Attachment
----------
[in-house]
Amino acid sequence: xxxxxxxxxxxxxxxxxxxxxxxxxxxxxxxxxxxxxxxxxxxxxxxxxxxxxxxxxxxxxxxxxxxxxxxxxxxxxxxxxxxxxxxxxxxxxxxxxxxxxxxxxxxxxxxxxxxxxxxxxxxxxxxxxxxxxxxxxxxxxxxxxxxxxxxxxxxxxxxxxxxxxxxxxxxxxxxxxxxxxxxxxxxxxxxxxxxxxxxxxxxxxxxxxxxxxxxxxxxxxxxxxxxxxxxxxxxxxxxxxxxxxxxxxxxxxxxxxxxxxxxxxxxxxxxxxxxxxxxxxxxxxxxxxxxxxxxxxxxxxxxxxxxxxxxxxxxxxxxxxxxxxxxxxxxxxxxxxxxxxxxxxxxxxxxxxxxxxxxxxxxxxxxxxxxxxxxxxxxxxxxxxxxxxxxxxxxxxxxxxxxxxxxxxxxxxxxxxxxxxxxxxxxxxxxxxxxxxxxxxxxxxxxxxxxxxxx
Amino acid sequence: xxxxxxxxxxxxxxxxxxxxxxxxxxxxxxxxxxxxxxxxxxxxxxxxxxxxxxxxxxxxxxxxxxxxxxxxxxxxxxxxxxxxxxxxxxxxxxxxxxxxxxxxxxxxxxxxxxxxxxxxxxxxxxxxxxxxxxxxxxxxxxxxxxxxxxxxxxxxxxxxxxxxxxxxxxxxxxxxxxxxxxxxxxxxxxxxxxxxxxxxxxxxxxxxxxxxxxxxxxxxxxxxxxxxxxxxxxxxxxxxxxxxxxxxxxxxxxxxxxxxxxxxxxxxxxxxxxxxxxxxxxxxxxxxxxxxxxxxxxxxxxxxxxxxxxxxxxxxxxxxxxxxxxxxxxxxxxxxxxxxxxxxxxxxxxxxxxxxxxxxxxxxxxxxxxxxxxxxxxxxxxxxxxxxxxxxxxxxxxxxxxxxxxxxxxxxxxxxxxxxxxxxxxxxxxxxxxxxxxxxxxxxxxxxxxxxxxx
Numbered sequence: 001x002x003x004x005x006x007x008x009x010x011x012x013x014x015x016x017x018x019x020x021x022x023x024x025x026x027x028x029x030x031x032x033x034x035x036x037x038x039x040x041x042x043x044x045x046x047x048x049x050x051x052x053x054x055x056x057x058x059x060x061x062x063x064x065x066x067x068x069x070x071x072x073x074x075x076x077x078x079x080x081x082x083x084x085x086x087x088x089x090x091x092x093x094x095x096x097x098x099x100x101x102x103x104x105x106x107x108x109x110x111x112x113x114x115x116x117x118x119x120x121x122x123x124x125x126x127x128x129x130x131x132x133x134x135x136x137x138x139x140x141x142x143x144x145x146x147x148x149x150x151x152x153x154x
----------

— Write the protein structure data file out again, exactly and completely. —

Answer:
[in-house]
Amino acid sequence: xxxxxxxxxxxxxxxxxxxxxxxxxxxxxxxxxxxxxxxxxxxxxxxxxxxxxxxxxxxxxxxxxxxxxxxxxxxxxxxxxxxxxxxxxxxxxxxxxxxxxxxxxxxxxxxxxxxxxxxxxxxxxxxxxxxxxxxxxxxxxxxxxxxxxxxxxxxxxxxxxxxxxxxxxxxxxxxxxxxxxxxxxxxxxxxxxxxxxxxxxxxxxxxxxxxxxxxxxxxxxxxxxxxxxxxxxxxxxxxxxxxxxxxxxxxxxxxxxxxxxxxxxxxxxxxxxxxxxxxxxxxxxxxxxxxxxxxxxxxxxxxxxxxxxxxxxxxxxxxxxxxxxxxxxxxxxxxxxxxxxxxxxxxxxxxxxxxxxxxxxxxxxxxxxxxxxxxxxxxxxxxxxxxxxxxxxxxxxxxxxxxxxxxxxxxxxxxxxxxxxxxxxxxxxxxxxxxxxxxxxxxxxxxxxxxxxxx
Amino acid sequence: xxxxxxxxxxxxxxxxxxxxxxxxxxxxxxxxxxxxxxxxxxxxxxxxxxxxxxxxxxxxxxxxxxxxxxxxxxxxxxxxxxxxxxxxxxxxxxxxxxxxxxxxxxxxxxxxxxxxxxxxxxxxxxxxxxxxxxxxxxxxxxxxxxxxxxxxxxxxxxxxxxxxxxxxxxxxxxxxxxxxxxxxxxxxxxxxxxxxxxxxxxxxxxxxxxxxxxxxxxxxxxxxxxxxxxxxxxxxxxxxxxxxxxxxxxxxxxxxxxxxxxxxxxxxxxxxxxxxxxxxxxxxxxxxxxxxxxxxxxxxxxxxxxxxxxxxxxxxxxxxxxxxxxxxxxxxxxxxxxxxxxxxxxxxxxxxxxxxxxxxxxxxxxxxxxxxxxxxxxxxxxxxxxxxxxxxxxxxxxxxxxxxxxxxxxxxxxxxxxxxxxxxxxxxxxxxxxxxxxxxxxxxxxxxxxxxxxx
Numbered sequence: 001x002x003x004x005x006x007x008x009x010x011x012x013x014x015x016x017x018x019x020x021x022x023x024x025x026x027x028x029x030x031x032x033x034x035x036x037x038x039x040x041x042x043x044x045x046x047x048x049x050x051x052x053x054x055x056x057x058x059x060x061x062x063x064x065x066x067x068x069x070x071x072x073x074x075x076x077x078x079x080x081x082x083x084x085x086x087x088x089x090x091x092x093x094x095x096x097x098x099x100x101x102x103x104x105x106x107x108x109x110x111x112x113x114x115x116x117x118x119x120x121x122x123x124x125x126x127x128x129x130x131x132x133x134x135x136x137x138x139x140x141x142x143x144x145x146x147x148x149x150x151x152x153x154x